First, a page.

By 1884, Frederick Loudin and his wife, Harriet, planned a six-year tour of Great Britain, the Antipodes, and parts of Asia. This global tour would conclude with the Singers reaching the west coast of the United States in 1890. In April, 1884, the Fisk Jubilee Signers departed New York City bound for England. In addition to their agents and Mrs. Loudin, the troupe initially consisted of contraltos Georgie Gibbons and Maggie Wilson; sopranos Maggie Carnes, Belle Gibbons, Mattie Lawrence, and Pattie Malone; tenors Robert Bradford Williams and John Lane; bassos Frederick Loudin and Orpheus McAdoo; and Leota Henson as pianist. Loudin recruited vocalists not only for their vocal talents, but also for their personal refinement and moral character. Arriving in Britain in the summer of 1884, the Singers received several social invitations and performed at private gatherings. However, sweltering weather during the first summer months led to low ticket sales to their public concerts. Such a disappointing turnout caused the Loudins to worry that the global tour could be financially disastrous. Nonetheless, when the Singers toured the Midlands the following fall, they performed before crowds of thousands. The FJS continued to find success in Britain and Ireland over the following year and a half. But by early 1886, fears of diminishing ticket sales compelled the Singers to depart for to the next leg of the global tour.

After arriving in Australia in May, 1886, the Singers received a cordial welcome from Melbourne politicians and businesspersons. Between June and November, 1886, the Singers performed to sold-out concert halls in Melbourne and Sydney and received high praise from Australian concert-goers, journalists, and music critics. Between November, 1886 to June, 1887 the FJS toured the North and South Islands of New Zealand, where they sang to diverse crowds in venues of all sizes. After a year and a half touring in eastern Australia, the FJS returned to New Zealand from December, 1888 to May, 1889. Once back in Australia, Loudin and the other troupe members received encouragement to tour South Asia from the Viceroy of India, Lord Lansdowne, and from the former Fisk English Professor, Henrietta Matson.

Following a brief stopover in Ceylon, the Singers arrived in Calcutta in November, 1889. The troupe sang each night for two weeks at Calcutta’s Opera House. During the subsequent week, Henrietta Matson – who now served as a missionary in the subcontinent – arranged for the FJS to give concerts each night at the local Methodist Episcopal Church. While performing in the cities of Lucknow, Kanpur, and Agra in Uttar Pradesh in December, 1889, the Singers also toured remarkable historical sites. When visiting the famed Taj Mahal near Agra, the Singers gave an impromptu concert to a primarily South Asian audience. The Singers then spent the first week of 1890 in Bombay. Each night they performed to a full house at the Framji Cawasji Institute. Audiences pleaded with the troupe to give additional concerts in Bombay, and their performances received favorable reviews in local newspapers. Nevertheless, in mid-January, the FJS traveled down the western coast and through southern India to Madras. In this city, they performed every night for two weeks in Victoria Hall. Their final stop before their homeward journey was Rangoon. By the time of their arrival in early February, Henrietta Matson and her missionary colleagues had relocated to this Burmese city. Matson arranged for the Singers to perform in Bishop Thoburn’s church and to give private concerts to Buddhist Karen persons. After a week and a half in Rangoon, the FJS began their return to the United States. Between February and April, 1889, they performed in Singapore; Hong Kong; Shanghai, China; and Kobe, Japan. For more detailed accounts of the Singers’ travels and performances in Asia and the Antipodes, please see the pages entitled “Australia and New Zealand, 1886-1889” and “South Asia, 1889-1890” accessible through the navigation column located on the left-hand side of this page.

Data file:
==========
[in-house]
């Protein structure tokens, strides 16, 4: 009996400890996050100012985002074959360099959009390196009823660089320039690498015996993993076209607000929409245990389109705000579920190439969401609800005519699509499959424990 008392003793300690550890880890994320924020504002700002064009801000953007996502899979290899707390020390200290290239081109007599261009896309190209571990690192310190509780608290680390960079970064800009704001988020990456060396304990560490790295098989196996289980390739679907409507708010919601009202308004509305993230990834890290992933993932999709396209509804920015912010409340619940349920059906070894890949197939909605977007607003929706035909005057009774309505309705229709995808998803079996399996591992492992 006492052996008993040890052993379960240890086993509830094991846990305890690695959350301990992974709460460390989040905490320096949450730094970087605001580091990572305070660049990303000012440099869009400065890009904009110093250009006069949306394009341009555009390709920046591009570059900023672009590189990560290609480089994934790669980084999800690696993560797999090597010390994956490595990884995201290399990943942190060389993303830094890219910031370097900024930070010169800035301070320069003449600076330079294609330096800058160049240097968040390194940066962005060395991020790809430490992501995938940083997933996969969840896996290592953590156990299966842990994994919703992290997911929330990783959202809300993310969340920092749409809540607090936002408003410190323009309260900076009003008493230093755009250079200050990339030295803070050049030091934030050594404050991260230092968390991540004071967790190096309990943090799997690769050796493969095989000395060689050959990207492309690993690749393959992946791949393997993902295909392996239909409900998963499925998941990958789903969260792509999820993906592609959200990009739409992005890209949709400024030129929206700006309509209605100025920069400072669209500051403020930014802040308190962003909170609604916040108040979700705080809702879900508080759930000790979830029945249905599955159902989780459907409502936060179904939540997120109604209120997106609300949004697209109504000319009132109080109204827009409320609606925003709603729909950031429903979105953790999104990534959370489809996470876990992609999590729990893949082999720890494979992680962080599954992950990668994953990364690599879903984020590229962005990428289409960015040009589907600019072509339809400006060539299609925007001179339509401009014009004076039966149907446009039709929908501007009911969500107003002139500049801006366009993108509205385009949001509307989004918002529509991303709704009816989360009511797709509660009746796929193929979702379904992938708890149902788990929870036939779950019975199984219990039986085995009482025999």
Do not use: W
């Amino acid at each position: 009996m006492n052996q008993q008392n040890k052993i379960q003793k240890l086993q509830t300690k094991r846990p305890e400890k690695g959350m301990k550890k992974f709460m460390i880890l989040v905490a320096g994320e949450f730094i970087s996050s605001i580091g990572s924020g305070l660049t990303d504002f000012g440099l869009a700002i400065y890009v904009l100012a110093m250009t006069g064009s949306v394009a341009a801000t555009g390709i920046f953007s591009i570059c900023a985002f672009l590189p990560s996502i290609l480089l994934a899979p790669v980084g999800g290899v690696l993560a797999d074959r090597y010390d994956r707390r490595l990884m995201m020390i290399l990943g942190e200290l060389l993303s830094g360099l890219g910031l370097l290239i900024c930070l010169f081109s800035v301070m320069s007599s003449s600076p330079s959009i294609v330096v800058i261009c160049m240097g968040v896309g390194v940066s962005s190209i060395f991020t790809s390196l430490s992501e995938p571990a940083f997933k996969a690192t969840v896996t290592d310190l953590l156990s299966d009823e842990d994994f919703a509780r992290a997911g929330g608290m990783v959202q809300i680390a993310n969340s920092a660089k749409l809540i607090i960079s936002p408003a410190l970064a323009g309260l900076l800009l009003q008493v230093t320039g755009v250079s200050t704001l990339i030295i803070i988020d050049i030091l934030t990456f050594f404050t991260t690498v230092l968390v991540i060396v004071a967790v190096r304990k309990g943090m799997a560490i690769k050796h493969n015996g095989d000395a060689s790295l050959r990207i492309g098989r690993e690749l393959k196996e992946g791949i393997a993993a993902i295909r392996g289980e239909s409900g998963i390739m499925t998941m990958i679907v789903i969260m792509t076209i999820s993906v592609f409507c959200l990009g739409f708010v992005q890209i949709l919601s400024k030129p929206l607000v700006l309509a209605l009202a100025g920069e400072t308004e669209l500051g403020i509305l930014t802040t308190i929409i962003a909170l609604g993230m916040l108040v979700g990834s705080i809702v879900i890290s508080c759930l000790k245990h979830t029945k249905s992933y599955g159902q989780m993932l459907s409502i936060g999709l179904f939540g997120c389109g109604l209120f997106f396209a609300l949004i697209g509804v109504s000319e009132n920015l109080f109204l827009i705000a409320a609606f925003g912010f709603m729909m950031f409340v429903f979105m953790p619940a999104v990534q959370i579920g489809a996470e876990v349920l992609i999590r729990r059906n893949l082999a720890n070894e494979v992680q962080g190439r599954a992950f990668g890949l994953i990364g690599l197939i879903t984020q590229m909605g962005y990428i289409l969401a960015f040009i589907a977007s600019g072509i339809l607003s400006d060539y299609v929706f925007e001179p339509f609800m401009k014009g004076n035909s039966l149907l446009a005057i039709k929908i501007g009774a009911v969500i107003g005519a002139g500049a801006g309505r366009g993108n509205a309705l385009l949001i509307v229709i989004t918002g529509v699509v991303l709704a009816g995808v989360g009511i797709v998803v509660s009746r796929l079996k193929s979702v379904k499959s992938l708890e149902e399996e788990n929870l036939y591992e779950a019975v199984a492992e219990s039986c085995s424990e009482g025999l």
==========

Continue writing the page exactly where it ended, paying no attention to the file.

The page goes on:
This digital exhibit, “The Fisk Jubilee Singers: Travels in the Antipodes and South Asia, 1886-1890,” preserves and presents to readers important archival material which help to illuminate the history of the Singers’ global tour. Extant documents relating to this period of the history of the Fisk Jubilee Singers are far less copious and have been scattered to several archives within the United States and around the globe. This exhibit features a small – but important – sampling of documents related to the Fisk Jubilee Singers held in Fisk University’s John Hope and Aurelia E. Franklin Library, Special Collections (Nashville, Tennessee), and the Auburn Avenue Research Library (Atlanta, Georgia). In addition to scans of Frederick Loudin’s 1892 published travelogue, this exhibit contains images of correspondence, commercially-produced photographs of Asia which the FJS acquired during the tour, and ephemera from the Singers’ concerts in Australia and India. Moreover, in order to craft the narrative of the Singers’ global travels, this online exhibit utilizes and cites materials located in the Portage County Society Research Library and the Detroit Public Library’s Special Collections.

This exhibit is organized into ten “pages.” Each provides important and little-known information relating to the history of the Fisk Jubilee Singers’ global travels during the late nineteenth century. Each page is accessible through the column of links on the left-hand side of the screen. In addition to this overview, this Omeka exhibit contains pages dedicated to the Singers’ time in Australia and New Zealand, their travels in South Asia and East Asia, short biographies of each member of the troupe during their global tour, Fisk University’s ties to India in the late nineteenth century, images of Asia which the Singers acquired during their travels, Frederick Loudin’s published account of the global tour, and collections of documents. This Omeka exhibit also features a virtual map, a note on contributors, and acknowledgements of those who helped to make this project possible. Several pages contain contents representative of the extant materials held in the John Hope and Aurelia E. Franklin Library’s Special Collections, the Auburn Avenue Research Library, and other archives. In addition to celebrating the Fisk Jubilee Singers’ 150th anniversary, the contributors hope that this website will be of interest to both scholars and a general audience interested in the history of the Singers, Fisk University, African American musicians, Spirituals, nineteenth-century American musical performances, and global representations of African Americans.

Overview: The Fisk Jubilee Singers' Travels in the Antipodes and South Asia, 1886-1890